Triodos Bank supports the sustainable and inclusive transition of our economies and society in line with the Paris Agreement target of limiting the temperature increase to – at most –1.5 degrees Celsius above pre-industrial levels. Our ambition is to be net zero on greenhouse gas emissions in 2035 at the latest.

In this context, in 2015, at the landmark Paris Climate Conference, Triodos Bank co-signed the Dutch Carbon Pledge to measure and disclose its greenhouse gas, or carbon emissions, and to ensure these emissions remained in line with the ambitions of the Paris Agreement. The initiative launched the Partnership for Carbon Accounting Financials (PCAF), a collaboration between Dutch financial institutions which has evolved into the Global GHG Accounting and Reporting Standard for the Financial Industry, allowing stakeholders to compare the GHG emissions of banks and other financial institutions.

1,048 ktonnes

CO2 emissions avoided as a result of sustainable energy projects financed by Triodos Bank

The PCAF Standard in practice

As our main impact in the economy and society stems from our loans and investments, PCAF's harmonised approach focuses on measuring the carbon footprint of these asset classes. Triodos Bank implemented and reported on the PCAF methodology for the first time in 2018 and has disclosed the carbon accounting of 100% of our loans and funds’ investments since 2019. In 2022 we have also included the financed emissions of other loans and investments, for example those related to our Treasury activities. By mapping emissions per sector, we can identify current hotspots within our portfolio.

Guided by PCAF's Global GHG Accounting and Reporting Standard for the Financial Industry and in collaboration with the PCAF consulting team from Guidehouse, we defined our reporting and measurement principles as follows:

  • While GHG emissions include other gases besides just carbon, we use the latter as shorthand for GHG emissions in our reporting.

  • GHG emissions are measured in tonnes CO2 equivalent (CO2e) and categorised as three main types:

    • Generated emissions: GHG emissions arising from various economic activities. This refers to carbon that is emitted into the atmosphere.

    • Sequestered, or absorbed, emissions: GHG emissions stored in carbon sinks, such as trees, plants and soil etc. This refers to the actual removal of carbon from the atmosphere.

    • Avoided emissions: GHG emissions that are avoided from fossil-fuel power generation due to renewable energy. While avoided emissions play a very positive role, they do not remove existing carbon from the atmosphere. That is why we present these avoided emissions in our graphs and tables beneath actual emissions. And it is important to note that our avoided emissions figures will, eventually, start to decline, even as the amount of energy generated by the renewable energy projects we finance increases. This is because the wider energy system is in the process of becoming less carbon-intensive overall. Energy from fossil-fuel sources will continue to decline while energy from renewable sources is increasing, creating a more sustainable energy system.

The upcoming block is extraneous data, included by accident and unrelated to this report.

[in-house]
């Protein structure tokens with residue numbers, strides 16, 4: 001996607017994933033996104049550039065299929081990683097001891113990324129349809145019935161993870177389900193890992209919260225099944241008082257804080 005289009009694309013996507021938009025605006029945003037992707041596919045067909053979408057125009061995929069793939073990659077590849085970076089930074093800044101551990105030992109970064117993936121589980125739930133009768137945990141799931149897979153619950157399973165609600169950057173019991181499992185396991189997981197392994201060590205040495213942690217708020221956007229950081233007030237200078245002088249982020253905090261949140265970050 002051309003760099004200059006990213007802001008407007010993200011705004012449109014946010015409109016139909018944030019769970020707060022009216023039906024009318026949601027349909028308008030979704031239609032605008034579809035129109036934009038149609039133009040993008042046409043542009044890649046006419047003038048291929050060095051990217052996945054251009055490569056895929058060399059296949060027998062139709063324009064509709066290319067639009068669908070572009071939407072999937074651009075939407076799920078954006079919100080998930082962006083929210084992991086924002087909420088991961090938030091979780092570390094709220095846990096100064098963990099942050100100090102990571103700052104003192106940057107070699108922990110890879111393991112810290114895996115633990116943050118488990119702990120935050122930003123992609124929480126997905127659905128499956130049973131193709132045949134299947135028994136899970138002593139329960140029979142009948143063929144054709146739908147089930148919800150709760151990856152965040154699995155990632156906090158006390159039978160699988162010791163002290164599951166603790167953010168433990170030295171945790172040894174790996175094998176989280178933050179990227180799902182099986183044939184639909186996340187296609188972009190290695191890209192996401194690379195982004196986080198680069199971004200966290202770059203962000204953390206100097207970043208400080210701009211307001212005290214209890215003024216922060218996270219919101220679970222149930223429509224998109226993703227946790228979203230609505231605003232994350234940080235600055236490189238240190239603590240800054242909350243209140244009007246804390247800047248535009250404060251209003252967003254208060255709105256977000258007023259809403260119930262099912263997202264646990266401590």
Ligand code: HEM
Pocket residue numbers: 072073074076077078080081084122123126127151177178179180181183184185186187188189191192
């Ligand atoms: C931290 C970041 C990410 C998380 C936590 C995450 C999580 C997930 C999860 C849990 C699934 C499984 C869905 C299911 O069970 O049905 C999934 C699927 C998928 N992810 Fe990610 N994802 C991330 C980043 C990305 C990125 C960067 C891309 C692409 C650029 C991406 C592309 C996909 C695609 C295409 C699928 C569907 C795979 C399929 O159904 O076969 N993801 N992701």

• In the calculation of our financed emissions we have applied the attribution approach. This means that we calculate the emissions as they relate to the proportion of our finance in a project or on a customer's balance sheet. For example, if we are responsible for half of a project’s finance, we report half of the emissions generated or avoided by that project. This attribution approach is a more accurate reflection of Triodos Bank’s responsibility for the GHG emissions it finances and is consistent with the PCAF methodology.

  • We aim to improve the overall data quality level of our carbon footprint measurements each year to improve our insights and better steer on targets. The data quality levels are defined in the ‘data quality’ table below.
    This year, overall data quality stayed stable on 3.2 (restated, was: 3.5) on a five-point scale, with 1 being considered the highest score. The main cause of the increased data quality score in 2022 and the restated figure in 2021, is the application of the GHG emissions lookup table for residential real estate in the Netherlands for both years. This emission factor table is developed by the PCAF NL working group and uses public energy consumption data from the Central Bureau of Statistics (CBS), together with energy label and house types. As a result, the data quality scoring for the Dutch part of the residential mortgage portfolio improved from 4.0 to 3.0. In other sectors there were some modest improvements in collecting better data to estimate the GHG emissions.

Data quality levels

For readers with a more detailed interest, a separate GHG accounting methodology report on how the PCAF standard was applied to our portfolio is available on our website.